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A Square Beyond Compare


AuthorFor those outside of St. Louis there is a local pizza chain that uses a tag line that is “The Square Beyond Compare”. The company, Imo’s – (I want to give proper credit to the catch phrase) makes St. Louis style thin crust pizza and they do not cut it into traditional wedges, but squares, hence the slogan.

If you are born and raised here, you love the pizza, if you come from another part of the country, the pie is an acquired taste – really no different than many regional delicacies around the country. Look at PA – the state consumes some fantastic amount of pretzels per capita – something like 2.3 million pounds per weekend. Coming back to the pizza joint that my kids seem to eat once a weekend and juxtaposed with a recent speaking opportunity I had, dealing in the print world and breaking everything down to the “square” is a slippery slope.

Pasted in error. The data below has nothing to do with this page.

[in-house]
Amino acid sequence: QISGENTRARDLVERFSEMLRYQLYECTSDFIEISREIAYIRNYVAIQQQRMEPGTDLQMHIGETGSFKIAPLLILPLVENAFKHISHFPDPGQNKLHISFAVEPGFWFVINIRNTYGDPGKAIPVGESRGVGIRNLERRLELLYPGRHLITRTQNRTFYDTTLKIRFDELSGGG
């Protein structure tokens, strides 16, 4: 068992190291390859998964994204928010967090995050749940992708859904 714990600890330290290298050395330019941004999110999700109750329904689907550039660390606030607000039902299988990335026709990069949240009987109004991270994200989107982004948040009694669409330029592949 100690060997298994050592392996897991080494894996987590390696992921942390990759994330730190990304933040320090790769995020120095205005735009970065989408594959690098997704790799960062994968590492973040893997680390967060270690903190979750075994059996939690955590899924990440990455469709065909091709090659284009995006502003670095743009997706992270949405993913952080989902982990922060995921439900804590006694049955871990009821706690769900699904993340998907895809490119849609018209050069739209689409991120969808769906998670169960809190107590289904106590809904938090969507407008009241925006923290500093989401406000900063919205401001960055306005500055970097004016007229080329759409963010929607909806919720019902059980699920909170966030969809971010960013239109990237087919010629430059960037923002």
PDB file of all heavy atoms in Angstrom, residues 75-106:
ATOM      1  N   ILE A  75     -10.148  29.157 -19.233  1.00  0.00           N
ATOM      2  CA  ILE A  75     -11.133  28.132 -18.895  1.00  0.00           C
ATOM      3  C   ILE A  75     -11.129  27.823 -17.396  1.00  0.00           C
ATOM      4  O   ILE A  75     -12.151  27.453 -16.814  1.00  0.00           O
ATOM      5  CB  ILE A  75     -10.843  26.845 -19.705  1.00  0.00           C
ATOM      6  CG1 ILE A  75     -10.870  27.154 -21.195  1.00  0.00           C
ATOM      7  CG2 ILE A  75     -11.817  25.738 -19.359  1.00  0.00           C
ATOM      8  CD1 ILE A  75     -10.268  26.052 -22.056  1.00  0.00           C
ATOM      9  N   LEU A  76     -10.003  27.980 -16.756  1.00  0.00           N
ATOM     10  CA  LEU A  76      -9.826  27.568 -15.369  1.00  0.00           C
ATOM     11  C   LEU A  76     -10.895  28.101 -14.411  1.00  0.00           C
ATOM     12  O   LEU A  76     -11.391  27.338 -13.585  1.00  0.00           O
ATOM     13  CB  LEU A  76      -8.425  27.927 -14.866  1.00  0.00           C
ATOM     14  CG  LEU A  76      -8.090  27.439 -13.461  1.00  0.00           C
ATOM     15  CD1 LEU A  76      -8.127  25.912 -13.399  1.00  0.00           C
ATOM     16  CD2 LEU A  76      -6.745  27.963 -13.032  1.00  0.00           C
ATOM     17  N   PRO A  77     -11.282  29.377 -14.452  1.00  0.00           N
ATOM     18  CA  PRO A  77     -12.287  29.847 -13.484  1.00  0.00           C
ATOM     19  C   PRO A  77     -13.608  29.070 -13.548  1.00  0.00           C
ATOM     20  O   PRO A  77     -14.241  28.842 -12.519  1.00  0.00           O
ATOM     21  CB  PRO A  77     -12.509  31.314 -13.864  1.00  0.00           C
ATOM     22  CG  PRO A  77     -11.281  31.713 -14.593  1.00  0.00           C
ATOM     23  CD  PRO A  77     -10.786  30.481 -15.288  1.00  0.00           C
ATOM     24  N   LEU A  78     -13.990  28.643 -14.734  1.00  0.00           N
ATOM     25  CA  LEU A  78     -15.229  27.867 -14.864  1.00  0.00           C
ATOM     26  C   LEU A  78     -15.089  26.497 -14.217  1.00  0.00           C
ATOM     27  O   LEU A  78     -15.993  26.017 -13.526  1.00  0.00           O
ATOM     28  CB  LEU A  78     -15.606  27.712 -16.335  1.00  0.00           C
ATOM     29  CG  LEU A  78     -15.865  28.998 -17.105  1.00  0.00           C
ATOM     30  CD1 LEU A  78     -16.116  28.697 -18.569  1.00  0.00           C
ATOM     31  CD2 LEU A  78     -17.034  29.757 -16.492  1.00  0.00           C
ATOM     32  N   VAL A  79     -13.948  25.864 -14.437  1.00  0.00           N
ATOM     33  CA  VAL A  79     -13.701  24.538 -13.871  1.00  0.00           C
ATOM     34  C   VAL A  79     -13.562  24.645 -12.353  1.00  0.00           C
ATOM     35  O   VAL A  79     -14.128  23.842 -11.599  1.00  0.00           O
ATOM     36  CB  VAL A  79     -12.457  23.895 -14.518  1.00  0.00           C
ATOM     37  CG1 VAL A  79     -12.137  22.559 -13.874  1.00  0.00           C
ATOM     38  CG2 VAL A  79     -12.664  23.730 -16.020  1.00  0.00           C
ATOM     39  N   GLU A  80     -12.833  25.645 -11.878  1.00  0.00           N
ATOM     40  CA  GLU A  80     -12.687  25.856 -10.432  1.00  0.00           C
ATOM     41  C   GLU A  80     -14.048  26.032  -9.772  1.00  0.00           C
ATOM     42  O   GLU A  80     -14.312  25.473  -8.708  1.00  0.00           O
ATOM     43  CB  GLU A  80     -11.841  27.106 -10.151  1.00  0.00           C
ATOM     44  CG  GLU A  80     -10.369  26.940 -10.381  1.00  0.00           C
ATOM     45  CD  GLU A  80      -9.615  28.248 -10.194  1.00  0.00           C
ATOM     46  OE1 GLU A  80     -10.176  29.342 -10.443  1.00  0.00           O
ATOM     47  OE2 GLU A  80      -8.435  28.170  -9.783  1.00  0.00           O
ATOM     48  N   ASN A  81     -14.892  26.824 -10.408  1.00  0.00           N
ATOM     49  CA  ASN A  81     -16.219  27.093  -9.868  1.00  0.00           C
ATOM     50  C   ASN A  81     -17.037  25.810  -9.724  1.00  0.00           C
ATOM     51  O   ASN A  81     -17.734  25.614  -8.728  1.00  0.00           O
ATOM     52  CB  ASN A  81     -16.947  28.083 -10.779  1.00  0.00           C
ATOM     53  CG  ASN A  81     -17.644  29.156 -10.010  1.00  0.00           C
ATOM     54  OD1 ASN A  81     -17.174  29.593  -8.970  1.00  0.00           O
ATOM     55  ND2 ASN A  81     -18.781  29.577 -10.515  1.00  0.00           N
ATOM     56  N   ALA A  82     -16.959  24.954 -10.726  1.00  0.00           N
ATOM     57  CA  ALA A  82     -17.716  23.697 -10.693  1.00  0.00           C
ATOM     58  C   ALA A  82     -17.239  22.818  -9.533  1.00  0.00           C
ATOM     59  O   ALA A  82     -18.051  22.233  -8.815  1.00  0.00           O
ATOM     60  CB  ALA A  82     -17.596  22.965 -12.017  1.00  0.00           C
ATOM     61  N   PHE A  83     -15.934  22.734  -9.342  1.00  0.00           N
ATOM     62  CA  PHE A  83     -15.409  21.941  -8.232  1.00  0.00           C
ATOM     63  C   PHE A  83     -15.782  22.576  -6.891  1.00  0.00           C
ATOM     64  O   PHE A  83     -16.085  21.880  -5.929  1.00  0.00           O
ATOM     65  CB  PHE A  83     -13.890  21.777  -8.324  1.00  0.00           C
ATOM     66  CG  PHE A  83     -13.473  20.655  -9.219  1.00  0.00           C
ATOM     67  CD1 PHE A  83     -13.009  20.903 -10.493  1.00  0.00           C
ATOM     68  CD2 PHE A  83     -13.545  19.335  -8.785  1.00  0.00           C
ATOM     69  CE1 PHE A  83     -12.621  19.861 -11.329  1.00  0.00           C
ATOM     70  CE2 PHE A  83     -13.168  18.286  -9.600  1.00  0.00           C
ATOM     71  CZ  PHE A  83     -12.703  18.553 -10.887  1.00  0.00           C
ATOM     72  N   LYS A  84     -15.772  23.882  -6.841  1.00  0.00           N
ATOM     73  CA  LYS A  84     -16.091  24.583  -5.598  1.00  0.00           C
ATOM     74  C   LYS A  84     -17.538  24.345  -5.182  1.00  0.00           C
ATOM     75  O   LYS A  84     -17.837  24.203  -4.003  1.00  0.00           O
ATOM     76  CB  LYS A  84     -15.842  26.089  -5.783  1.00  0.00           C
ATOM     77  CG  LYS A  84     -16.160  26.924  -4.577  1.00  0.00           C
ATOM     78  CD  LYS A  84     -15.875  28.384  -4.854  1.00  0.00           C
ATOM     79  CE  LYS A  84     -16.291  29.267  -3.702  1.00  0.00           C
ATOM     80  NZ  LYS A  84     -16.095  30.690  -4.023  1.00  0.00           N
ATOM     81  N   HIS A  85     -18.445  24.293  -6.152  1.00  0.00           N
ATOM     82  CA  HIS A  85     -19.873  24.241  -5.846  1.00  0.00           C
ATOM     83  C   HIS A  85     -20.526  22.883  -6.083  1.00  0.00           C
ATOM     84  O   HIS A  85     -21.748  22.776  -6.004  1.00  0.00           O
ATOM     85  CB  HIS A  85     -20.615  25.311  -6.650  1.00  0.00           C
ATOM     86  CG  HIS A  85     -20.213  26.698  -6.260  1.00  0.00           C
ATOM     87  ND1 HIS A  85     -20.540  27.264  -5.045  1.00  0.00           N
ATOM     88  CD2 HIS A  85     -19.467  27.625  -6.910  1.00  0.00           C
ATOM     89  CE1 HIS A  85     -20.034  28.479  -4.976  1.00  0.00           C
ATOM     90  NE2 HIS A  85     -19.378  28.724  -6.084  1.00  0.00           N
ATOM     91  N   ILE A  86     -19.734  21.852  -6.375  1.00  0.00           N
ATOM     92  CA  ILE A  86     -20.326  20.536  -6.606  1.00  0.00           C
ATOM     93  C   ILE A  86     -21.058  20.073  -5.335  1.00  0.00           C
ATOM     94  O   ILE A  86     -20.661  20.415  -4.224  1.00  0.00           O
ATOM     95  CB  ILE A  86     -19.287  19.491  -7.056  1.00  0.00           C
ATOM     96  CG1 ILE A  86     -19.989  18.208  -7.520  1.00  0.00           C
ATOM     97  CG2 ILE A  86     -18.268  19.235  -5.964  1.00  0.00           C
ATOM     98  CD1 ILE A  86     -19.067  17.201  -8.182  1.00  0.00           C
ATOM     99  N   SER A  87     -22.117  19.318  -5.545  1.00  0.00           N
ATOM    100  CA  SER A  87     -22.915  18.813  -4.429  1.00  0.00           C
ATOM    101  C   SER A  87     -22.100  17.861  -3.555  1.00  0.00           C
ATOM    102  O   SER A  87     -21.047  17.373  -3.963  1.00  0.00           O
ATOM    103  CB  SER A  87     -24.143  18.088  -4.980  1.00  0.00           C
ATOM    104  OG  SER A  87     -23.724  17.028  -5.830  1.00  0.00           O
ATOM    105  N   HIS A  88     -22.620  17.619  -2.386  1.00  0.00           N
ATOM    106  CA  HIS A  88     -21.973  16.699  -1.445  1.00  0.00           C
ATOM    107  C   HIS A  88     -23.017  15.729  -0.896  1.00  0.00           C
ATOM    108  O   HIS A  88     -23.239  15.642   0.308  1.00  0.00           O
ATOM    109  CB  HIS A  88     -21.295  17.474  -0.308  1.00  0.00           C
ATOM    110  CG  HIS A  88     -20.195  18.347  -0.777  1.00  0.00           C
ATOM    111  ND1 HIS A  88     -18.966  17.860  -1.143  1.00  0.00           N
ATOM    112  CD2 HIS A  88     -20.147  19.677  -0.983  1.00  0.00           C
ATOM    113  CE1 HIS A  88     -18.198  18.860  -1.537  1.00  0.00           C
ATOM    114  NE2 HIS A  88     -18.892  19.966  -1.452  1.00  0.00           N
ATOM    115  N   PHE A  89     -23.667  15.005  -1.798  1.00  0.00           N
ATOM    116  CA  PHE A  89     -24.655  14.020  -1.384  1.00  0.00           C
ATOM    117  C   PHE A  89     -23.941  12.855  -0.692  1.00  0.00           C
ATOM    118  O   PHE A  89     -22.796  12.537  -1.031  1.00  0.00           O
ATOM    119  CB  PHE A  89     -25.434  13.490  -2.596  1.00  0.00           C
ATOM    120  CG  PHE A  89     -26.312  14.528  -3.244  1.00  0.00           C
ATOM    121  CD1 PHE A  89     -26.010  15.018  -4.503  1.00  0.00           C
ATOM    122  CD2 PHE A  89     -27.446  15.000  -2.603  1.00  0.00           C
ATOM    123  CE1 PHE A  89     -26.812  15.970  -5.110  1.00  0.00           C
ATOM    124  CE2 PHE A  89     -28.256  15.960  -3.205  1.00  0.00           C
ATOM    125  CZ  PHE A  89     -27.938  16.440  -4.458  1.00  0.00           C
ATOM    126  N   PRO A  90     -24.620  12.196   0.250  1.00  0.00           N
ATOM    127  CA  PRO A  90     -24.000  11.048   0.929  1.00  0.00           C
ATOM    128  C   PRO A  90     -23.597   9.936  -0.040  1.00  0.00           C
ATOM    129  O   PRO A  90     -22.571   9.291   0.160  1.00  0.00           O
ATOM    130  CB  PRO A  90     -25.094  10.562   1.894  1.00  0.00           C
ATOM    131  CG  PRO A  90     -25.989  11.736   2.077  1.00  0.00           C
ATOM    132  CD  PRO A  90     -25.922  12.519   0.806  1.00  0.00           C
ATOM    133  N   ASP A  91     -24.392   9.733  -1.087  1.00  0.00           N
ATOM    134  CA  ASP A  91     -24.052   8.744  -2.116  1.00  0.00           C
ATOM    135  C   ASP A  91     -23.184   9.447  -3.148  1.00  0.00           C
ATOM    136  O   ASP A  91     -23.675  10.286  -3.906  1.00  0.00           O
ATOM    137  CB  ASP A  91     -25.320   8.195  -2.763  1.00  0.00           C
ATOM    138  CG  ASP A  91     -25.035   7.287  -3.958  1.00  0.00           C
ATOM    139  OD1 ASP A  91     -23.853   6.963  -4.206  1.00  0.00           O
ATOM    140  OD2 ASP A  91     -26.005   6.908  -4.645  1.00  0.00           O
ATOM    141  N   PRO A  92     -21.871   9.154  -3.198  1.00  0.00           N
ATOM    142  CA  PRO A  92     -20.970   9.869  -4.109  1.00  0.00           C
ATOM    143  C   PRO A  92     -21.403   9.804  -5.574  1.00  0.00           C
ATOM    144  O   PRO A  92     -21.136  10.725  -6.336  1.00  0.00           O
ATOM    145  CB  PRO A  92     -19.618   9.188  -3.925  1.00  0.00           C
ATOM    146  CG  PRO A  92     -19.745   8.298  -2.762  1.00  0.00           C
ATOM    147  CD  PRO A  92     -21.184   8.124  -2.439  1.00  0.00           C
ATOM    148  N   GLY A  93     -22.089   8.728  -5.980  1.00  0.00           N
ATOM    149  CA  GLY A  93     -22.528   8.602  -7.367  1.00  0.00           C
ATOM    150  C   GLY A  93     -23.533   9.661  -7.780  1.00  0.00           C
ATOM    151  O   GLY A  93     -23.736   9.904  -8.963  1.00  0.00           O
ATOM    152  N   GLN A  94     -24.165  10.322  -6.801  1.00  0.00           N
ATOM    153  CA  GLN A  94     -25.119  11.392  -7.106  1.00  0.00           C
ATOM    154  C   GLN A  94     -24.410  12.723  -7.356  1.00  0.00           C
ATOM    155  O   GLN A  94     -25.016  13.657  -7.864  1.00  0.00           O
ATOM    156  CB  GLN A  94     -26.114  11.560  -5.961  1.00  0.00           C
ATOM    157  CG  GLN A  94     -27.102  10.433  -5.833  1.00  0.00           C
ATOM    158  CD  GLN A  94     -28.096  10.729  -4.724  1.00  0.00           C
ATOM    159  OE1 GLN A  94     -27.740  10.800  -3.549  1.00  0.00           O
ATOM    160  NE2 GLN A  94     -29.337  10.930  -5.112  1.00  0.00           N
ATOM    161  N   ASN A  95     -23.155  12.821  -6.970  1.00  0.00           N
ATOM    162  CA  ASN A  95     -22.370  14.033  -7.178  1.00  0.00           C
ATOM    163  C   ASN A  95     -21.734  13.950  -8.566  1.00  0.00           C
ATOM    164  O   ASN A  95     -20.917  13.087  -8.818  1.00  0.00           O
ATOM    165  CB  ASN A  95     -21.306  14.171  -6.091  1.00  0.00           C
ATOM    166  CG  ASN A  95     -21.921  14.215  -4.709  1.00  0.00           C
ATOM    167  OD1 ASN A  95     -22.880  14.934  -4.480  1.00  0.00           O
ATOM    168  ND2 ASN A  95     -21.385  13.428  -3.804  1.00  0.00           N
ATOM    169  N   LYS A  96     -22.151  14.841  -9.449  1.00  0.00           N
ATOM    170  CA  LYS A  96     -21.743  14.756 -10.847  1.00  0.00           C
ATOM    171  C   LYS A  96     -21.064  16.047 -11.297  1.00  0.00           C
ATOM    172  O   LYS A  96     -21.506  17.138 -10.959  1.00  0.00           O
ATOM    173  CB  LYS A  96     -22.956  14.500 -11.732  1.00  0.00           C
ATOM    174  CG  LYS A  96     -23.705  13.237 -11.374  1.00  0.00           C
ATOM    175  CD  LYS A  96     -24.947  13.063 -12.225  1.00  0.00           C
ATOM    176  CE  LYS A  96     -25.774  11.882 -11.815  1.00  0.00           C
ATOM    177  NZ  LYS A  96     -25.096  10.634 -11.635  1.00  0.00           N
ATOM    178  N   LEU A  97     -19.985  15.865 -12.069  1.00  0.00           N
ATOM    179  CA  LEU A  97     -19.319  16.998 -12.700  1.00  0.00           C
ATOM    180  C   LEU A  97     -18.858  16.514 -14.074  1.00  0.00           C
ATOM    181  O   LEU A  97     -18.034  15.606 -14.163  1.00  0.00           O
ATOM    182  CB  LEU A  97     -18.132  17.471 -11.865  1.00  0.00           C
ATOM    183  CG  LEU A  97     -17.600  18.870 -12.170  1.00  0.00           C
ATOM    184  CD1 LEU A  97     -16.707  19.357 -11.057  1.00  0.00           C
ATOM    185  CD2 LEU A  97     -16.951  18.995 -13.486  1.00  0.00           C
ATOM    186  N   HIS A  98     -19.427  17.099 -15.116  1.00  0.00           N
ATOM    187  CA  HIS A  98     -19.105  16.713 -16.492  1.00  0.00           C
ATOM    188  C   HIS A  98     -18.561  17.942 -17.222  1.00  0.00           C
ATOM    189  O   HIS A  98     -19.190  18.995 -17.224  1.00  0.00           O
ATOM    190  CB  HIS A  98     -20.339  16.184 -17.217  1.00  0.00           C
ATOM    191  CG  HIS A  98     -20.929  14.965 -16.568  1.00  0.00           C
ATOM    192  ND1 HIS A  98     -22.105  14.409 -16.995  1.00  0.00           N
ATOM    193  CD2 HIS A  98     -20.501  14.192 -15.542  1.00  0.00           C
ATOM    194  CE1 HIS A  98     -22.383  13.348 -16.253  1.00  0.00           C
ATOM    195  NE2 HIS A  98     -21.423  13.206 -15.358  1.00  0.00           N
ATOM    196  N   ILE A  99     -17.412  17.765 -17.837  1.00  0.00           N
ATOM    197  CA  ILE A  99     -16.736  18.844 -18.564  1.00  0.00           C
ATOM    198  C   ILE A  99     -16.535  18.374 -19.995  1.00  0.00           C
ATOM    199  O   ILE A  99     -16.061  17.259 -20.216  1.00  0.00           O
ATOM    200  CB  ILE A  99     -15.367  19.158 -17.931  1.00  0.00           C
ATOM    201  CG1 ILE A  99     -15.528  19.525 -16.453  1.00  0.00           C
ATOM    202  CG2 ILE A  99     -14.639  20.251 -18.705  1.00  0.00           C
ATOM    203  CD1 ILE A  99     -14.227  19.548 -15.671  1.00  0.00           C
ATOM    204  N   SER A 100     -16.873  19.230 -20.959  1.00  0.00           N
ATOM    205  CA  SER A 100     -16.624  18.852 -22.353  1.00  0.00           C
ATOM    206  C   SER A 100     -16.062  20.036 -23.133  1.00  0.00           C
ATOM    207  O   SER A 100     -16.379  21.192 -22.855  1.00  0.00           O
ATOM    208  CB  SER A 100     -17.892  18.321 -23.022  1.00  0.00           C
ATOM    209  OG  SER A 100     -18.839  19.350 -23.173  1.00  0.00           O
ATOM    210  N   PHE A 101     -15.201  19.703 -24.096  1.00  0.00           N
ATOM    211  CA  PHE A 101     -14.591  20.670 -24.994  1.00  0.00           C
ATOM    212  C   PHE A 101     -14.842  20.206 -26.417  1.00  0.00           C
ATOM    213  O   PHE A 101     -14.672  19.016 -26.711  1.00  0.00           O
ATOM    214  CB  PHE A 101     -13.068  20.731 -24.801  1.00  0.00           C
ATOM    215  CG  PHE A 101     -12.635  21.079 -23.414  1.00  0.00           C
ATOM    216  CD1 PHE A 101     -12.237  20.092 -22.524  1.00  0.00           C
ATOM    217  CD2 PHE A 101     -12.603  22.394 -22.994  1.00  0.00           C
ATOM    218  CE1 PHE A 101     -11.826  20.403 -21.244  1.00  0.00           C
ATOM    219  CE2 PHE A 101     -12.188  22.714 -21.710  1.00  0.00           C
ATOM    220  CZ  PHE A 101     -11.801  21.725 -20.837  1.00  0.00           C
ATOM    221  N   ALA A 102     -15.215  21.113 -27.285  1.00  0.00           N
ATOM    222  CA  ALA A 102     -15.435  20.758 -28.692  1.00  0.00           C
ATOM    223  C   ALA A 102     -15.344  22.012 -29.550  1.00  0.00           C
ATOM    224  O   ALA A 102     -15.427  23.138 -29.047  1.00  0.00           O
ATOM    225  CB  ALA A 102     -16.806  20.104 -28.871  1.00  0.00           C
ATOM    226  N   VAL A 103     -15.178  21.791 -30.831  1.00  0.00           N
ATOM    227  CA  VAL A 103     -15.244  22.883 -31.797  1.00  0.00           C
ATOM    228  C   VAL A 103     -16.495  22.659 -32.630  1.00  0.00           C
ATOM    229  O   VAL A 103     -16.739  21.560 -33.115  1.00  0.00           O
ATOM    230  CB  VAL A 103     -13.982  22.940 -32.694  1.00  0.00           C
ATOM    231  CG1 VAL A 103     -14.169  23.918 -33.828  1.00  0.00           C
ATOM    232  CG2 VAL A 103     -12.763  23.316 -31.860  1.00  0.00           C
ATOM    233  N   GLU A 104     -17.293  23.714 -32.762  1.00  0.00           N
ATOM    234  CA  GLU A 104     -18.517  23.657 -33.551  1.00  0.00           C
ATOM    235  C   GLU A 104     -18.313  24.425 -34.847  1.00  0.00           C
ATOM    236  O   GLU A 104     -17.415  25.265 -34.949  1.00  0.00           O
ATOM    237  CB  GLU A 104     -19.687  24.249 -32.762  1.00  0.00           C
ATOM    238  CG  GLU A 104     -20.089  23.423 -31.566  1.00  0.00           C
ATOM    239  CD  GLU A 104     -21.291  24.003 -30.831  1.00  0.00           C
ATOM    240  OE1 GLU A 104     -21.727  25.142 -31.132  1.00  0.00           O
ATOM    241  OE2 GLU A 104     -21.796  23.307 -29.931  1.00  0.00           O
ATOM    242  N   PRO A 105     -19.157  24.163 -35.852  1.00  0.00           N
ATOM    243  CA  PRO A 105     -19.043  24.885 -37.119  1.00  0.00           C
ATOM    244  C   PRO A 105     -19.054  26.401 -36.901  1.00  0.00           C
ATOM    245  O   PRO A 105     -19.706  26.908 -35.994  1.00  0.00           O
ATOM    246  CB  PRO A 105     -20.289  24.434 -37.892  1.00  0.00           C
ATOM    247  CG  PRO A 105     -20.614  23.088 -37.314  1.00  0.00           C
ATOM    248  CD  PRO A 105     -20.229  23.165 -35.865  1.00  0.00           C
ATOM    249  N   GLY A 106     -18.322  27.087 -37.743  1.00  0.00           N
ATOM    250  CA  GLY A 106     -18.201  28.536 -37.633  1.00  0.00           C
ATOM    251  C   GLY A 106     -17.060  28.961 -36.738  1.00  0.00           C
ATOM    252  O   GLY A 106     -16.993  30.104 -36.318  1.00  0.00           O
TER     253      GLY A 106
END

At this recent event, we are in the midst of a ten minute Q&A session and I made a somewhat offhand comment about how I would suggest to show a specific item in estimate form and to my surprise roughly half of the 30 people in the room stated that when preparing an estimate for their client’s, they line itemized all the graphics by square foot. I know wholesale organizations and direct B2B companies do this, but reseller to ender user was not something I expected. I was quite surprised to hear this because my first thought was that this would make things confusing for customers by giving them too much detail, but the thought which quickly followed was, in the world of “shopping”, what is the easiest thing to base a decision off of? X vs. Y in the form of $. The discussion that followed was generalized with the opposing camp taking more of a bundled price approach – hardware and graphic for this item is X and not broken apart to “be debated” as one person put it.